“ Just opposite to this row of religions, there was a statue dressed in a fool's coat, with a cap of bells upon his head, laughing and pointing at the figures that stood before bim. This ideot is supposed to say in his heart what David's fool did some thousands of years ago, and was therefore designed as a proper representative of those araong us, who are called Atheists and Infidels by others, and Free-thinkers by themselves.
" There were many other groupes of figures which I did not know the meaning of; but seeing a collection of both sexes turning their backs upon the company, and laying their heads very close together, I inquired after their religion, and found that they called themselves the Philadelphians, or the family of love.
“ In the opposite corner there sat another little congregation of strange figures, opening their mouths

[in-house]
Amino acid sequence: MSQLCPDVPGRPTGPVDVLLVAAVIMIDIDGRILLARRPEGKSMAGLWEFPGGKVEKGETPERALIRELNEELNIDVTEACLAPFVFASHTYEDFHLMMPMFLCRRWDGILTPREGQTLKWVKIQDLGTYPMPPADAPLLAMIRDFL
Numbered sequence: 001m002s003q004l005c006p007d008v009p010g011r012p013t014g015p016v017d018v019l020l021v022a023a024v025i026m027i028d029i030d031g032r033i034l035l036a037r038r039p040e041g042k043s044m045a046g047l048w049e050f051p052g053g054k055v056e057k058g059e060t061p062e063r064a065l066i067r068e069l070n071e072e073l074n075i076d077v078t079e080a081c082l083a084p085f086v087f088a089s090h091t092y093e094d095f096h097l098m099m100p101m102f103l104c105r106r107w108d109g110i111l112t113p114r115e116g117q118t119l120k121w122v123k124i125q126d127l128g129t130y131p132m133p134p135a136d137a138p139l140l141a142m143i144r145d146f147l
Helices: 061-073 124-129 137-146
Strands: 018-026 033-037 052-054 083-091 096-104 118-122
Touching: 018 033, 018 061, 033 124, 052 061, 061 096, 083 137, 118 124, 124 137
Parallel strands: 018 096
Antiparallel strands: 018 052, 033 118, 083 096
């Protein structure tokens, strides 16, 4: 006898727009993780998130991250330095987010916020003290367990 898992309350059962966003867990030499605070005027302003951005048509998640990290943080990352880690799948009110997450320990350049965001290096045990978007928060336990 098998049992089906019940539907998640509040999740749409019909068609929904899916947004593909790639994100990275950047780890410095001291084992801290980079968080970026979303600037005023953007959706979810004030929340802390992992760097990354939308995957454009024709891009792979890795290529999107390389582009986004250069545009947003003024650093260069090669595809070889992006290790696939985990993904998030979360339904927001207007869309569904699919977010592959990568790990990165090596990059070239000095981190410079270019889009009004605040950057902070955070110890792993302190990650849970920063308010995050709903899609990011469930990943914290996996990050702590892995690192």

lier time I believe may have been a North-British warming-pan, brought us up a dish of North-British collops. We liked our entertainment very well; only we observed the table-cloth, being not so fine as we could have wished, was North-British cloth. But the worst of it was, we were disturbed ail dinnertime by the noise of the children, who were playing in the paved court at North-British hoppers; so we paid our North-Briton* sooner than we designed, and took coach to North-Briton Yardt, about which place most of us live. We had indeed gone a-fcot, only we were under some apprehensions lest a North-British mist should wet a South-British man to the skin.
"We think this matter properly expressed, according to the accuracy of the new style, settled by you in one of your late Papers. You will please to give your opinion upon it to, Sir, Your most humble servants, " J. S.
« M. P.
“ N. R." See if this letter be conformable to the directions given in the Tauer abovementioned.
“To Isaac BICKERSTAFF, Esquire. "Sir,
Kent, Nov. 22, 1710. "A gentleman in my neighbourhood, who bappens to be brother to a lord, though neither his faiher nor grandfather were so, is perpetually making use of this phrase, a person of my quality.' He has it in bis mouth fifty times a-day, to his labourers, his servants, his children, his tenants, and his neighbours. Wet or dry, at home or abroad, drunk
• Scot i. e. share of the reckoning.